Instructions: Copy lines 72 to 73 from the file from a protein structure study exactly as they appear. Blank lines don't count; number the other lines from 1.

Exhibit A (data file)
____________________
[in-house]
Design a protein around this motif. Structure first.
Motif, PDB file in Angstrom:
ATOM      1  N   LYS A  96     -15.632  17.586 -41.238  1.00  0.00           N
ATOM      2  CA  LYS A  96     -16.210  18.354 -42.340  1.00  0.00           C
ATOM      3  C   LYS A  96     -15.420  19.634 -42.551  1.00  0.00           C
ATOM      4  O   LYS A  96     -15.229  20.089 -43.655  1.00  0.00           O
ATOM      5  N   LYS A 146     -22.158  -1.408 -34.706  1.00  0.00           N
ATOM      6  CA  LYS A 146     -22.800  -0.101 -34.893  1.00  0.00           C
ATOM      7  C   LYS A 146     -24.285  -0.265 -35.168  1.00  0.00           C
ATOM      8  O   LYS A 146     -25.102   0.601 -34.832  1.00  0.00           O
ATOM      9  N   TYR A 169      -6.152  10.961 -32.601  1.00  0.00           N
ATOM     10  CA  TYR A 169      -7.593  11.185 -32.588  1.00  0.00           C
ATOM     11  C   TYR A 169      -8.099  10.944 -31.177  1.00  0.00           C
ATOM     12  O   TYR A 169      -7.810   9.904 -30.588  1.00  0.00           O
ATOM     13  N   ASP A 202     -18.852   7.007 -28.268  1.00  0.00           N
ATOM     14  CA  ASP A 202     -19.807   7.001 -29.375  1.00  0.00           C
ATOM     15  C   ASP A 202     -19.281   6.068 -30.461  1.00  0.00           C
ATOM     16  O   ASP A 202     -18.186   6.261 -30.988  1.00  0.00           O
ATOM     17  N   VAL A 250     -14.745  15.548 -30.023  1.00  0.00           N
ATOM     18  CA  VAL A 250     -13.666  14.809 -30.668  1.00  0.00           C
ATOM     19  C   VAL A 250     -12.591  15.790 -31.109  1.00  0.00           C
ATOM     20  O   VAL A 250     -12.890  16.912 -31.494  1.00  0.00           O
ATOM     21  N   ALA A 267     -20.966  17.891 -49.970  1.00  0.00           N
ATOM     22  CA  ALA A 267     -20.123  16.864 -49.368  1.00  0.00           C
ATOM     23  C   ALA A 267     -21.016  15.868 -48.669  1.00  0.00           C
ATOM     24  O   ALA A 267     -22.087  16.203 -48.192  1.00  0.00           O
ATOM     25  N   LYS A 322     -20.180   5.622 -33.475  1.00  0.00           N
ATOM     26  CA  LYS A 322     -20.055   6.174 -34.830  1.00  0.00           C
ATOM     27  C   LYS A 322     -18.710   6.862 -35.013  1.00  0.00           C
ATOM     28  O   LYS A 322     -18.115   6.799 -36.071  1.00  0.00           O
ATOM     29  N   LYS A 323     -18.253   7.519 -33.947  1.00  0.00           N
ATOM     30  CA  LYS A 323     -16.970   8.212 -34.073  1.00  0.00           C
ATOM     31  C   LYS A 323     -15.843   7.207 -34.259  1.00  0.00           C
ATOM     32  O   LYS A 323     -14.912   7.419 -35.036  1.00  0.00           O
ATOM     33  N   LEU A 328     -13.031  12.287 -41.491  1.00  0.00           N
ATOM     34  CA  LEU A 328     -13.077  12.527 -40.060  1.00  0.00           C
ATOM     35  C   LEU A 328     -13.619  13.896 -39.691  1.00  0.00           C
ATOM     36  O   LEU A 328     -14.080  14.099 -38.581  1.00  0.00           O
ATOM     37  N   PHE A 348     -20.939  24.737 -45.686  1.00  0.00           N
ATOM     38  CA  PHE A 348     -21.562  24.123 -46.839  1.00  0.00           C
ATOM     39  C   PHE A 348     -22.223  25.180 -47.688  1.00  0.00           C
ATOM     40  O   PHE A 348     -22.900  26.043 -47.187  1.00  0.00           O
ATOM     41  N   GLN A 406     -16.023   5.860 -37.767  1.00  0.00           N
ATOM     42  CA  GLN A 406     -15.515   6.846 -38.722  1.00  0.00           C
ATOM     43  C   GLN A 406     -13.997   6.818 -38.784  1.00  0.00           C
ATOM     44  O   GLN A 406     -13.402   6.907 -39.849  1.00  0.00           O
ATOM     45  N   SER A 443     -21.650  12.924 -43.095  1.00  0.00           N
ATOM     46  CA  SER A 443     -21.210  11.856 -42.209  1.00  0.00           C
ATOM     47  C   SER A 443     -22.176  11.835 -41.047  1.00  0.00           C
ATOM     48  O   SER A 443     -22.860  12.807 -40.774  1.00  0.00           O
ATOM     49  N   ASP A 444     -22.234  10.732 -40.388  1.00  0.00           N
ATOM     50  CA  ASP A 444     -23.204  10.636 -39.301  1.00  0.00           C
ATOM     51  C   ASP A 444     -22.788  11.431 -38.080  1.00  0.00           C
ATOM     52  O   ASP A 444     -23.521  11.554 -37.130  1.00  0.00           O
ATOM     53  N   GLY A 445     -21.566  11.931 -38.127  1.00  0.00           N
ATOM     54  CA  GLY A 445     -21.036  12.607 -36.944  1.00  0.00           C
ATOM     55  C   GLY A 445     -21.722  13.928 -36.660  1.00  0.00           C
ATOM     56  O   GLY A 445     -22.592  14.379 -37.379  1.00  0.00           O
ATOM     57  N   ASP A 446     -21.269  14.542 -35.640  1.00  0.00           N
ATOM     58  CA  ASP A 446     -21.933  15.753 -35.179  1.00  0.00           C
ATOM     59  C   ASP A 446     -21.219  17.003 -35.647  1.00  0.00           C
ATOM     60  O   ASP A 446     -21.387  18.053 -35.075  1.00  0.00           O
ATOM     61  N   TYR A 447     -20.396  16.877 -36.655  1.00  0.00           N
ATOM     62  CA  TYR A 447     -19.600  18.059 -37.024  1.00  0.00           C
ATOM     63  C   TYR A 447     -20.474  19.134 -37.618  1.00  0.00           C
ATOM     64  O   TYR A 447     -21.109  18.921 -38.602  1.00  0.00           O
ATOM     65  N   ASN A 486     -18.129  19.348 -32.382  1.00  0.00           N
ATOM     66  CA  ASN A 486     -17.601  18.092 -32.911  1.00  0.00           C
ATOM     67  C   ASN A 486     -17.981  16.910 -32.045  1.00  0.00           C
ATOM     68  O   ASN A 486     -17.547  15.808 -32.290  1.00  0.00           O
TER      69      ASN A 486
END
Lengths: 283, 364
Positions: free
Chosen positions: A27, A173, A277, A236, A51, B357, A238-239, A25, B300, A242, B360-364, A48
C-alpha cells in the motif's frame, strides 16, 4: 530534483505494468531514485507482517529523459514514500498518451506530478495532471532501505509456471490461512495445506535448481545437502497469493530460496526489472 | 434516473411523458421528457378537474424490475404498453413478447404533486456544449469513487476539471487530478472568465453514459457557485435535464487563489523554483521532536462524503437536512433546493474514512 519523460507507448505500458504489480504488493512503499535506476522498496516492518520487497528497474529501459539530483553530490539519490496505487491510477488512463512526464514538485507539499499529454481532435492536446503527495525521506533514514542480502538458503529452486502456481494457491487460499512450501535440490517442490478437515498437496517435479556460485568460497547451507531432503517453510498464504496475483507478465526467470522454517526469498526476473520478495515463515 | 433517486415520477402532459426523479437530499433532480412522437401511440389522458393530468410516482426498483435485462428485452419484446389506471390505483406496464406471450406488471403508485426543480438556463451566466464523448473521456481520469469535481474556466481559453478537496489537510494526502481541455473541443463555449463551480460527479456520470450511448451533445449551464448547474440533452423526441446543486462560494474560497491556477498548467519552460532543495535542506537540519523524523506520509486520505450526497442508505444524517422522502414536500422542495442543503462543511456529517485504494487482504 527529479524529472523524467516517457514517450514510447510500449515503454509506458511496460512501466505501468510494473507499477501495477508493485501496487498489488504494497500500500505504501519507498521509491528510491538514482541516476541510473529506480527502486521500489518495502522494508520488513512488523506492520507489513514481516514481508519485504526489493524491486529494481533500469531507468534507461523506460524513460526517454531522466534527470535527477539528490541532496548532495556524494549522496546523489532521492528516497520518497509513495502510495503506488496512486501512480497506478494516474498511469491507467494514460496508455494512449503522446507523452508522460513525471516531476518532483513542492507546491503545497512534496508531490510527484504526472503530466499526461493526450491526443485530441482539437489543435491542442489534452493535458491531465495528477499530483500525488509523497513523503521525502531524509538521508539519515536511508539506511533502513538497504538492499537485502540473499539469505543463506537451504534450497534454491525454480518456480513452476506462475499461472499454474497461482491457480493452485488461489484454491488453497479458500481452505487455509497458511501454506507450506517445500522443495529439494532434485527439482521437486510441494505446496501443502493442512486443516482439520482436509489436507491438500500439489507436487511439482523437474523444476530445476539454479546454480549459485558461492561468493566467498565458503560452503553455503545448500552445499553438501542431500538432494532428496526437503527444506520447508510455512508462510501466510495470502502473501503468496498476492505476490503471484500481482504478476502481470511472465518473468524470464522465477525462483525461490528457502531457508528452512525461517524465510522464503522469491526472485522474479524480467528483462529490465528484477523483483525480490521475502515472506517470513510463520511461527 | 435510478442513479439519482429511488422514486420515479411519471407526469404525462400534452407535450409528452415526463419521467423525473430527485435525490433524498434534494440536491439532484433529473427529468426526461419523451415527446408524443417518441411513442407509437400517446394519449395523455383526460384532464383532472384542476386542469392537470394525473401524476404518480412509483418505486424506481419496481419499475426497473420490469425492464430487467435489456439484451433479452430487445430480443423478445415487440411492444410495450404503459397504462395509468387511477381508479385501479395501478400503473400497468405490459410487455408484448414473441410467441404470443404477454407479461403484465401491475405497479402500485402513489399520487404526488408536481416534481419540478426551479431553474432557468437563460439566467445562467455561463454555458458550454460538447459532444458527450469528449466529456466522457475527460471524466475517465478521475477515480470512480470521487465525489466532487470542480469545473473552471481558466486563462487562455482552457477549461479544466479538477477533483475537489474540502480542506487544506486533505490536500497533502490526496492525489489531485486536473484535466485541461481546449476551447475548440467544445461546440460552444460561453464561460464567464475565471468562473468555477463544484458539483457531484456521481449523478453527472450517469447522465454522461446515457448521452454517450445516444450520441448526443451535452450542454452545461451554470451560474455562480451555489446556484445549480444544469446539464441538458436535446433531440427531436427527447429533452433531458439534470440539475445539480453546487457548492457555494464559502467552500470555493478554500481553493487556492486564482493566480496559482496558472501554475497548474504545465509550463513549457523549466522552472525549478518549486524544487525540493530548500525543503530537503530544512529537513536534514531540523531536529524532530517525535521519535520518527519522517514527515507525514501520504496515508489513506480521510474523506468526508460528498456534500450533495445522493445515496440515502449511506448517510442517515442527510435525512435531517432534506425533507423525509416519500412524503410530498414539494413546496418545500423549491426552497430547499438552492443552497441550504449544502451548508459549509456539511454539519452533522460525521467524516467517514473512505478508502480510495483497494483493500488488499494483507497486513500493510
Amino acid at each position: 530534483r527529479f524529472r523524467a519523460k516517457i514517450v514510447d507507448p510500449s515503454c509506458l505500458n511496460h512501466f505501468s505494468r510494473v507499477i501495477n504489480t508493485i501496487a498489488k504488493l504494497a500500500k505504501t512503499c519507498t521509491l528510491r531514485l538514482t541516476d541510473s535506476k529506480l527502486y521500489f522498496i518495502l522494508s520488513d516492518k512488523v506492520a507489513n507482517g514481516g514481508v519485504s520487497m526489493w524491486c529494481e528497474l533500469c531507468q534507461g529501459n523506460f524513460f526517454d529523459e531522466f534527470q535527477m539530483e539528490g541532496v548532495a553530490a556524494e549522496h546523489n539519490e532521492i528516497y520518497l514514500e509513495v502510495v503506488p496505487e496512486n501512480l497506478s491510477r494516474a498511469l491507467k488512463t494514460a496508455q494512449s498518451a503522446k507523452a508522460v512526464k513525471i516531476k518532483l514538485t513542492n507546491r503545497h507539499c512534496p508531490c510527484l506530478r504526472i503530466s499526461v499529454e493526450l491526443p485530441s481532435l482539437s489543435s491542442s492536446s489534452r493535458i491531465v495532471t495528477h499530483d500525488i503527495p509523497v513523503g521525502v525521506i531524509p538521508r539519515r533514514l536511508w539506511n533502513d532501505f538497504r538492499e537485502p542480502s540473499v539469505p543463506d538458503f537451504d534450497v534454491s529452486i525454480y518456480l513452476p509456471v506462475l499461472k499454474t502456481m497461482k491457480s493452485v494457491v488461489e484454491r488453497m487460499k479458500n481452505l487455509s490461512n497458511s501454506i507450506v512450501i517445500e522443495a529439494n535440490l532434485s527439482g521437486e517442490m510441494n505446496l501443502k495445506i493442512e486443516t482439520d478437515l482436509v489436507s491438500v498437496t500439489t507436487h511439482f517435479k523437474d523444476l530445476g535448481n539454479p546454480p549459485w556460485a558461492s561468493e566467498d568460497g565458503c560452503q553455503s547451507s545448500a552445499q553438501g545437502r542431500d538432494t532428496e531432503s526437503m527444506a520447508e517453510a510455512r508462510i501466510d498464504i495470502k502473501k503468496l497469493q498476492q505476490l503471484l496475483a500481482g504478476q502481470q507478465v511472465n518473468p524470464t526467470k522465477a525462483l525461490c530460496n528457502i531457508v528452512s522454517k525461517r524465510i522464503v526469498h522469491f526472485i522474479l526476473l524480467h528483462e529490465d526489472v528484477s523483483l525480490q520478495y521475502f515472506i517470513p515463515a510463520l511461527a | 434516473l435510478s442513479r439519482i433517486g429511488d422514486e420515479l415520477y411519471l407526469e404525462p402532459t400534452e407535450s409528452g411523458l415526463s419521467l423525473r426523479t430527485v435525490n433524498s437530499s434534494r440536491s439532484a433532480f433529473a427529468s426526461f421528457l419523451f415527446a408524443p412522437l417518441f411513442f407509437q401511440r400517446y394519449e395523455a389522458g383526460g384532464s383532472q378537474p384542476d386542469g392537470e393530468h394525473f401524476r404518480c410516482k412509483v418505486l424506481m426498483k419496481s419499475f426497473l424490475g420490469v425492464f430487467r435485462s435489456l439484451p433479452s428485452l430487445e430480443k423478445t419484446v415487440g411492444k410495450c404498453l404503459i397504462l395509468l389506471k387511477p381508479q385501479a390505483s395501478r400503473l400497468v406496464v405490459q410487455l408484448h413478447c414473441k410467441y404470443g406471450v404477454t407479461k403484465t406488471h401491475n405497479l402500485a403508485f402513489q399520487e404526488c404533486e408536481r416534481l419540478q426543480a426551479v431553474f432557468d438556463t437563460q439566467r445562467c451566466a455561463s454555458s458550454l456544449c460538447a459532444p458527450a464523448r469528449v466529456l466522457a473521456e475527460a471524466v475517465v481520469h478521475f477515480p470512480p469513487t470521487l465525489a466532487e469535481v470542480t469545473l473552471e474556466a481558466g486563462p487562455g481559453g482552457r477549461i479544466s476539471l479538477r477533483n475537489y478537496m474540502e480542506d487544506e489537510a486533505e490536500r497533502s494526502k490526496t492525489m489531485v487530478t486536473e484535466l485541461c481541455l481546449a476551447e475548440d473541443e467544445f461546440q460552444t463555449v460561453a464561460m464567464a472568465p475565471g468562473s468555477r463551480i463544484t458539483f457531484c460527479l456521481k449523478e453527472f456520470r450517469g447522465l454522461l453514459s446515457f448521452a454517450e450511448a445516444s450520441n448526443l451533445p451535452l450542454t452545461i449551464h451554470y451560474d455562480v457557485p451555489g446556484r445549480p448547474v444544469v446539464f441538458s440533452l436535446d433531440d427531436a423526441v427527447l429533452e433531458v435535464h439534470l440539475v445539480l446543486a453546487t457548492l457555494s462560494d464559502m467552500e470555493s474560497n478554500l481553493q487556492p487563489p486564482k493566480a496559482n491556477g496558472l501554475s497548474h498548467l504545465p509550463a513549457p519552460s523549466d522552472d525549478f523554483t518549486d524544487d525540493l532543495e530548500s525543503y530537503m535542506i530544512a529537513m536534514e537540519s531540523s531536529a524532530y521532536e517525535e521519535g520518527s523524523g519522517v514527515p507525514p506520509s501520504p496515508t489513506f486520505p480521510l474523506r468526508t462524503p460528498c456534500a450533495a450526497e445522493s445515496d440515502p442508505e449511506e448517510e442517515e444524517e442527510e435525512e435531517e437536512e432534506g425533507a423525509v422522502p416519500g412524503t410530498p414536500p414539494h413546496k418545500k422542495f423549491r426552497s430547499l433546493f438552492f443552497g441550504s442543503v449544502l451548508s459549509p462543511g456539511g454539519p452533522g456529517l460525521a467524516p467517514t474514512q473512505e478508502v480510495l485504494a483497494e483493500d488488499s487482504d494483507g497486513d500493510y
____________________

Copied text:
TER      69      ASN A 486
END